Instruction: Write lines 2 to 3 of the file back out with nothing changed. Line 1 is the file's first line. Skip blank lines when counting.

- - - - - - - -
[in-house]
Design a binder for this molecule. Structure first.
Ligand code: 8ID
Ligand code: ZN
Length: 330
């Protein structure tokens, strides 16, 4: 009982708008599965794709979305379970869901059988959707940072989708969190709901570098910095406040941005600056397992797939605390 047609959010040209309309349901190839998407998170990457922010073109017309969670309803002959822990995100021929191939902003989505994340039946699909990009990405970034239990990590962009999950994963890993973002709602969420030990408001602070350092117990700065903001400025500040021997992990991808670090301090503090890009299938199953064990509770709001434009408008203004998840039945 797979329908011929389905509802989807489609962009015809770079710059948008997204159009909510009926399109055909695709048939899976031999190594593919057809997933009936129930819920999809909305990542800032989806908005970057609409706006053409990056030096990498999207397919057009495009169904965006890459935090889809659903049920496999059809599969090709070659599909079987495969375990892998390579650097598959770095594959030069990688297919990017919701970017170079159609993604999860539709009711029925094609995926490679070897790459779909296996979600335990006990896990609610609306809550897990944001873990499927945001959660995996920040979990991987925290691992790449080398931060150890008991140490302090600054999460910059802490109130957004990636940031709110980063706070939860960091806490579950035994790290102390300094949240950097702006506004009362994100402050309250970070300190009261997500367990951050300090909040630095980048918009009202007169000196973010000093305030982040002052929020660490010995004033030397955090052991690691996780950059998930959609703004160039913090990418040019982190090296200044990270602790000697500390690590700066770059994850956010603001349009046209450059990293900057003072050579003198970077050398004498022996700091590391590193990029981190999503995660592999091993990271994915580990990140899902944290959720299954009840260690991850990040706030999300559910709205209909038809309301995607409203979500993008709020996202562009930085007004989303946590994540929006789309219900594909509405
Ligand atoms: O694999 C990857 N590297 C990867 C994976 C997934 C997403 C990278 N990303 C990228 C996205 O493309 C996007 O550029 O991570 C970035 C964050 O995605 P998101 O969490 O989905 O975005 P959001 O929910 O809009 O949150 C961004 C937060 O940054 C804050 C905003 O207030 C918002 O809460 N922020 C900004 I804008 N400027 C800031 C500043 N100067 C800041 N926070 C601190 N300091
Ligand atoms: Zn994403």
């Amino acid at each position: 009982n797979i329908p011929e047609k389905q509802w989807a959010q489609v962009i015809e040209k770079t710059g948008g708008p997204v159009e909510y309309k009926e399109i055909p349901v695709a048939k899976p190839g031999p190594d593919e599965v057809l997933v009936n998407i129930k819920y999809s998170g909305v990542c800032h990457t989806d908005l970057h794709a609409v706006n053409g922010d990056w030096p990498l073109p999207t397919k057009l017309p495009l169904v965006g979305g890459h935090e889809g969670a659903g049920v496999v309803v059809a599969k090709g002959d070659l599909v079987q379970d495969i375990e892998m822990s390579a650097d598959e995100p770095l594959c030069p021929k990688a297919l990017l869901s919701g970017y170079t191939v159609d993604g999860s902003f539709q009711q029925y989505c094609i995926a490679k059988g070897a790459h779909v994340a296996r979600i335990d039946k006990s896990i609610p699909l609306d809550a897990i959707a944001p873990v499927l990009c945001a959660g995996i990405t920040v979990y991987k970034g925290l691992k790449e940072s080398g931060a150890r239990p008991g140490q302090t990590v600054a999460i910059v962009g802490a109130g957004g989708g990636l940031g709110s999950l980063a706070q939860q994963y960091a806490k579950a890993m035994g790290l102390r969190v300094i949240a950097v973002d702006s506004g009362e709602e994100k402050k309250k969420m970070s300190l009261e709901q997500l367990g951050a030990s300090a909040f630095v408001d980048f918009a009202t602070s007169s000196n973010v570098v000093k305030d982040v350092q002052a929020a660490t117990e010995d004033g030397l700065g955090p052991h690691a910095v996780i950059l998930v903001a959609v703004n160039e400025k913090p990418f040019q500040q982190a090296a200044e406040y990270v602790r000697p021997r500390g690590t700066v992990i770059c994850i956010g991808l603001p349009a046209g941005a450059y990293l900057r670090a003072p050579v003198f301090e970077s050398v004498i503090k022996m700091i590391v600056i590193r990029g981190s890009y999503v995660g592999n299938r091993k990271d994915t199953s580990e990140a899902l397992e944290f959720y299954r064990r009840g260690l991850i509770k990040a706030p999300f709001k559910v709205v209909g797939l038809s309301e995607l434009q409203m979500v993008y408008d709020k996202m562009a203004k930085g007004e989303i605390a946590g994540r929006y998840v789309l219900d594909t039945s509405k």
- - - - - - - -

Design a binder for this molecule. Structure first.
Ligand code: 8ID